The absence of protophloem defects in bri1 single mutants not only suggested BR receptor redundancy in protophloem development, but also that impaired protophloem differentiation is not the primary cause for the short root of bri1 or the triple mutant. In part, this phenotype has been attributed to reduced meristem size (Fig. S1E), as indicated by the number of meristematic cells along root cell files (Gonzalez-Garcia et al., 2011; Hacham et al., 2011; Vragović et al., 2015). However, given the overall morphological irregularities in the triple mutant or its GL2::BRI1-GFPtriple and SHR::BRI1-GFPtriple derivatives (Fig. 3A), assigning the border between cell proliferation and elongation could become somewhat subjective. Therefore, we measured the progression of cell expansion along meristematic cortex files instead. Plots of cumulative cell length along the cortex files indicated that cell elongation is reduced in the triple mutant at all positions. However, the corresponding wild-type and triple mutant curves were highly correlated (Pearson's r=0.96) (Fig. 3B), indicating that the small bri1 brl1 brl3 meristem can be entirely explained by reduced cell elongation, similar to the dwarf4 BR biosynthetic mutant (Chaiwanon and Wang, 2015). In wild type, cell divisions were no longer observed once cells elongated above 20 µm. In the triple mutant or its derivatives, 20 µm length was reached about ten cells later than in wild type (Fig. 3C), and cell files contained about eight more cells at 400 µm (Fig. 3D). However, because cell elongation was generally reduced, cell divisions in the mutant lines apparently ceased earlier, before the 20 µm mark. Moreover, correlation between GL2::BRI1-GFPtriple or SHR::BRI1-GFPtriple and wild type was still high (r=0.80 and 0.88, respectively), and even higher when compared with bri1 brl1 brl3 (r=0.84 and 0.89, respectively), consistent with no statistically significant difference between GL2::BRI1-GFPtriple and SHR::BRI1-GFPtriple and the triple mutant in other parameters (Fig. 3C,D).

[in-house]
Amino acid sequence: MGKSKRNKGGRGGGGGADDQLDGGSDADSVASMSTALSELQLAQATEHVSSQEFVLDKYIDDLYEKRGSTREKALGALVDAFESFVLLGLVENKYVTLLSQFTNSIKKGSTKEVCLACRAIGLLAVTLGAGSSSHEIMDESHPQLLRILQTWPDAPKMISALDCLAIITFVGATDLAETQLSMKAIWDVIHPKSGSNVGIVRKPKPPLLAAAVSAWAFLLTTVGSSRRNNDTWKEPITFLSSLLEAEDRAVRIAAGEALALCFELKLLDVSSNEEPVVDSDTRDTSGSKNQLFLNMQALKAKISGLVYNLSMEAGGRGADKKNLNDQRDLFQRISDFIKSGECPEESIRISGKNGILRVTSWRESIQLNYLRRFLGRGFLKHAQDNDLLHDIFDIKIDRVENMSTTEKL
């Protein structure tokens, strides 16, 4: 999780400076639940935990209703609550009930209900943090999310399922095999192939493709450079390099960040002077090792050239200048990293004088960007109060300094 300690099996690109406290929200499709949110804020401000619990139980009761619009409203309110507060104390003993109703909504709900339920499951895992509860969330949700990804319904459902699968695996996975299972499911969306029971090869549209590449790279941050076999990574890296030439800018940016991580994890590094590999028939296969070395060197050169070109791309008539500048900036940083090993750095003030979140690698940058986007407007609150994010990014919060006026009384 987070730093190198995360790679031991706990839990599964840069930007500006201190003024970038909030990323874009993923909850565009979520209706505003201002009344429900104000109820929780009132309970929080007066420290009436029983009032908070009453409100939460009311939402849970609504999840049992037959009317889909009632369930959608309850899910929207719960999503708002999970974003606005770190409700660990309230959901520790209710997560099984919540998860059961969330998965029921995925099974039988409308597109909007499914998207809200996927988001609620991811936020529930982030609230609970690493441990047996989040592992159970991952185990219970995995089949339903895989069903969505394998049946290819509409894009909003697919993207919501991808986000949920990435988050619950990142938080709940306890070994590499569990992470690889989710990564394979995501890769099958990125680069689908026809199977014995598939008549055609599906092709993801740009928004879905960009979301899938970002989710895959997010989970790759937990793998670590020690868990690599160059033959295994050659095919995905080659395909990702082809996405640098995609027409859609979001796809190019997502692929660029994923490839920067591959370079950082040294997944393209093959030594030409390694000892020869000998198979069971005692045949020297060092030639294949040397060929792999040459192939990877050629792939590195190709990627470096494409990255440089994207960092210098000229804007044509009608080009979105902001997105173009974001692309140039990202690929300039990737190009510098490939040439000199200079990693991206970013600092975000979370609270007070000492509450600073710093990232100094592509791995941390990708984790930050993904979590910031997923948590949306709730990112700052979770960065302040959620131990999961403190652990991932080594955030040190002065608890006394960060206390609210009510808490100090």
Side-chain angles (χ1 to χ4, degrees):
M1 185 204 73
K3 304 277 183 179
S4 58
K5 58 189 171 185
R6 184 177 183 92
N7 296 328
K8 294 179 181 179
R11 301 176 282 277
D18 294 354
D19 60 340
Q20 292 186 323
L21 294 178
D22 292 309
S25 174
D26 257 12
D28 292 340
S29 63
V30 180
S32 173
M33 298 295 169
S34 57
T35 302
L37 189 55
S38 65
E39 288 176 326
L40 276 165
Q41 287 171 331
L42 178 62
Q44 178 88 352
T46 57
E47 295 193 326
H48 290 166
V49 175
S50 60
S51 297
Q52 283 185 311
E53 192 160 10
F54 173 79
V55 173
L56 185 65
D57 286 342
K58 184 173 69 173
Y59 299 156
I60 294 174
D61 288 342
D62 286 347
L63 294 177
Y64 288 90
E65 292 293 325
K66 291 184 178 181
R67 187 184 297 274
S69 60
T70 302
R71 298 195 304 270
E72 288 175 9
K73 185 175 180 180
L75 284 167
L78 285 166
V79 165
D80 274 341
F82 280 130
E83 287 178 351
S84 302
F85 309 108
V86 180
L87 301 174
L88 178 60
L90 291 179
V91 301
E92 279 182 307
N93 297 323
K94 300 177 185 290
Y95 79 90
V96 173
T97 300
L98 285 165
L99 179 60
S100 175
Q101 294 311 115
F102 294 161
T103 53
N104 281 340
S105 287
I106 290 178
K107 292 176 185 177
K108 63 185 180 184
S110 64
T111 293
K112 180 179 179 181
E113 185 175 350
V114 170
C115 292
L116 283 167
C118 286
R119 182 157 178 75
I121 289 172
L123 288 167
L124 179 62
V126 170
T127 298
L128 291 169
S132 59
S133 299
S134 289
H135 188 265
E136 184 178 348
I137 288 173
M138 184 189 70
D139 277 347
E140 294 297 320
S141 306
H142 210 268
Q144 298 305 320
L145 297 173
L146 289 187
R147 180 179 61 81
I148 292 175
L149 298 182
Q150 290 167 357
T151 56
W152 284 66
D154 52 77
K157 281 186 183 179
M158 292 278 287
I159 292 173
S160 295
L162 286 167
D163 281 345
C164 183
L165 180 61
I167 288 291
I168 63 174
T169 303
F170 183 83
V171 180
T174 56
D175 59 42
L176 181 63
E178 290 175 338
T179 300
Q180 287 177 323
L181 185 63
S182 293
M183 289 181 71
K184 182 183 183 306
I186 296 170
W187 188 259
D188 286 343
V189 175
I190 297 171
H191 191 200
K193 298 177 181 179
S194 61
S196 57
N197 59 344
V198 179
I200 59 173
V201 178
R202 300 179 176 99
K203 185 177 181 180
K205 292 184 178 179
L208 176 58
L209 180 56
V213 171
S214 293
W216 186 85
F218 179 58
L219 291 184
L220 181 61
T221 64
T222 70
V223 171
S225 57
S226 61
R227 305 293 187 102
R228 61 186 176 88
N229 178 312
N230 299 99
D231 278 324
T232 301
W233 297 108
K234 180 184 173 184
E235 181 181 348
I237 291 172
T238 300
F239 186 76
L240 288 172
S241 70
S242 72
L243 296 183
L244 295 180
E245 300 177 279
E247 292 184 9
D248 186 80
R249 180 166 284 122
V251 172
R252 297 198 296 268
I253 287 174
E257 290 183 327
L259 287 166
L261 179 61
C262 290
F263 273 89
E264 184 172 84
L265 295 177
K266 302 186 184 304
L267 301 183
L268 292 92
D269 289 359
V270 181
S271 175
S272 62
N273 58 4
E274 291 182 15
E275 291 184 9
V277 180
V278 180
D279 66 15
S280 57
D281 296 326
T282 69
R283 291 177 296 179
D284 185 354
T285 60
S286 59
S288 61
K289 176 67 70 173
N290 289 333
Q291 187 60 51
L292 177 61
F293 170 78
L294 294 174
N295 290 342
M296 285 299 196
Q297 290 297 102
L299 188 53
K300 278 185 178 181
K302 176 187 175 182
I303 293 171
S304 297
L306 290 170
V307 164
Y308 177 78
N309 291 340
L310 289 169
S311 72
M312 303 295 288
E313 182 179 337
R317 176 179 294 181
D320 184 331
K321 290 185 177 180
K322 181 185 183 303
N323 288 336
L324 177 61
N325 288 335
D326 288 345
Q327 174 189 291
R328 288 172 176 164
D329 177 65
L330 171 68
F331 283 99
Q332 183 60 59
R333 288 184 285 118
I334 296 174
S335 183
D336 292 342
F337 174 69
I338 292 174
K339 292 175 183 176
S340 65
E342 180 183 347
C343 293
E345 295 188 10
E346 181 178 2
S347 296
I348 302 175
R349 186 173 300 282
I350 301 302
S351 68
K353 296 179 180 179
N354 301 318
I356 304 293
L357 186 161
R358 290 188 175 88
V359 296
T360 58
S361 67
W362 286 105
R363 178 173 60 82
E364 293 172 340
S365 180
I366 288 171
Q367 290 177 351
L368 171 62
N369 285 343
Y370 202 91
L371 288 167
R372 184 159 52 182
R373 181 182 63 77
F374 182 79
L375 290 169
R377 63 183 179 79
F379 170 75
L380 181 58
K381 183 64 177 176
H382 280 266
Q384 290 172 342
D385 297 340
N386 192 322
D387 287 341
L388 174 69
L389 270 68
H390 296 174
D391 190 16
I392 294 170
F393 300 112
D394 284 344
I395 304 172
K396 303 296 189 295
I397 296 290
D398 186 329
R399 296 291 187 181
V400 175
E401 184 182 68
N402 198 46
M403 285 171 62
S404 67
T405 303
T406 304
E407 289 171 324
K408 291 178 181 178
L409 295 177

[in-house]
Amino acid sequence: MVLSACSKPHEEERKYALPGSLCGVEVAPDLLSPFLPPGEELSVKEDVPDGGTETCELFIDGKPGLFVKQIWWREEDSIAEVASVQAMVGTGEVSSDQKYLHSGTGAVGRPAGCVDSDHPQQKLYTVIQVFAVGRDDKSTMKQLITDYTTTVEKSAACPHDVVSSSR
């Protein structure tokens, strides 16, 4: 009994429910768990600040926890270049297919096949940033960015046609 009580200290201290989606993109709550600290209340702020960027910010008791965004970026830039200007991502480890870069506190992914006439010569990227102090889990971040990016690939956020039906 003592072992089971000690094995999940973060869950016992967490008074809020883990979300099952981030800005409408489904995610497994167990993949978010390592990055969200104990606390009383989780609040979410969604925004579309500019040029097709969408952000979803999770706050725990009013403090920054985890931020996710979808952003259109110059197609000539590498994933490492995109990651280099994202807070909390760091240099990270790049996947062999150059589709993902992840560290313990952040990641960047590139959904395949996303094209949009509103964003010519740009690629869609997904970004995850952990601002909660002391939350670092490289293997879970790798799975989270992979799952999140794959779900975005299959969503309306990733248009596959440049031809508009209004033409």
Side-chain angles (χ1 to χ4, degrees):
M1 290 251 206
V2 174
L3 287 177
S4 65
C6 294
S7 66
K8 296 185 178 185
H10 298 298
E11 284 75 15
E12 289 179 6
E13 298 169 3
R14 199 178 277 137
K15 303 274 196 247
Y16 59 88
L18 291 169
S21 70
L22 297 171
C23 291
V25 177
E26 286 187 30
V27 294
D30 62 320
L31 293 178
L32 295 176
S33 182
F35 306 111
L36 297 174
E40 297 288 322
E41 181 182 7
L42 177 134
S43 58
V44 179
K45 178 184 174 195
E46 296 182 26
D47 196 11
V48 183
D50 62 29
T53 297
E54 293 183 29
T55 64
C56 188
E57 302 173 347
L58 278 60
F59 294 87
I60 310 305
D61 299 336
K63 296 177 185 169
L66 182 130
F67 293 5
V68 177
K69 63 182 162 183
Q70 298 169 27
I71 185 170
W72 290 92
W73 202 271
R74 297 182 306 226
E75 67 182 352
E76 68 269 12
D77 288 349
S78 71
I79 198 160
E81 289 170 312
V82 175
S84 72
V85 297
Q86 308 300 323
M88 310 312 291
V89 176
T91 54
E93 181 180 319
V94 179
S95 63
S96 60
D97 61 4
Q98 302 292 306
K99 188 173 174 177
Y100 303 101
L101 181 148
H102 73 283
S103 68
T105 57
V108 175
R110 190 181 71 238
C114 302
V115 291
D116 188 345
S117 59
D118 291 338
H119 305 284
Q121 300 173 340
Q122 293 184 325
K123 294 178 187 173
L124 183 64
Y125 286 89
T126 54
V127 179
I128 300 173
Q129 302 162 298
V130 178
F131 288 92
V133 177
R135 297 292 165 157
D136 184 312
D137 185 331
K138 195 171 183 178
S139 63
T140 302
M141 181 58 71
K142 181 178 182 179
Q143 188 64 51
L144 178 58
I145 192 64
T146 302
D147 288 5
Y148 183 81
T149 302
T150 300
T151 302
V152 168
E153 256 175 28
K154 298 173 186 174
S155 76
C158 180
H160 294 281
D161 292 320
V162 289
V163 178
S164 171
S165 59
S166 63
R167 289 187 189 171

Interestingly, statistically significant, but small partial rescue of reduced mature cell size, as exemplified by cortex (Fig. 3E) and epidermis (Fig. 3F) cells, was observed in SHR::BRI1-GFPtriple plants (Fig. 3E,F). By contrast, GL2::BRI1-GFPtriple plants displayed even further reduced mature cell length, as previously reported (Fridman et al., 2014). However, reduced root growth was still weakly complemented by GL2::BRI1-GFP, even after a longer growth period (Fig. S1F). Notably, however, the phenotype of these plants was difficult to assess because their roots twisted, which could result from the fact that GL2::BRI1-GFP is only expressed in non-root-hair cell files. The increased ratio of non-hair cell length to hair cell length might reflect this (Fig. 3G). Transverse sections showed that BRI1-GFP-expressing epidermal cells also expanded considerably more radially than their immediate hair cell neighbors (Fig. 4A), confirming earlier reports (Fridman et al., 2014), which is likely to create mechanical strain between them.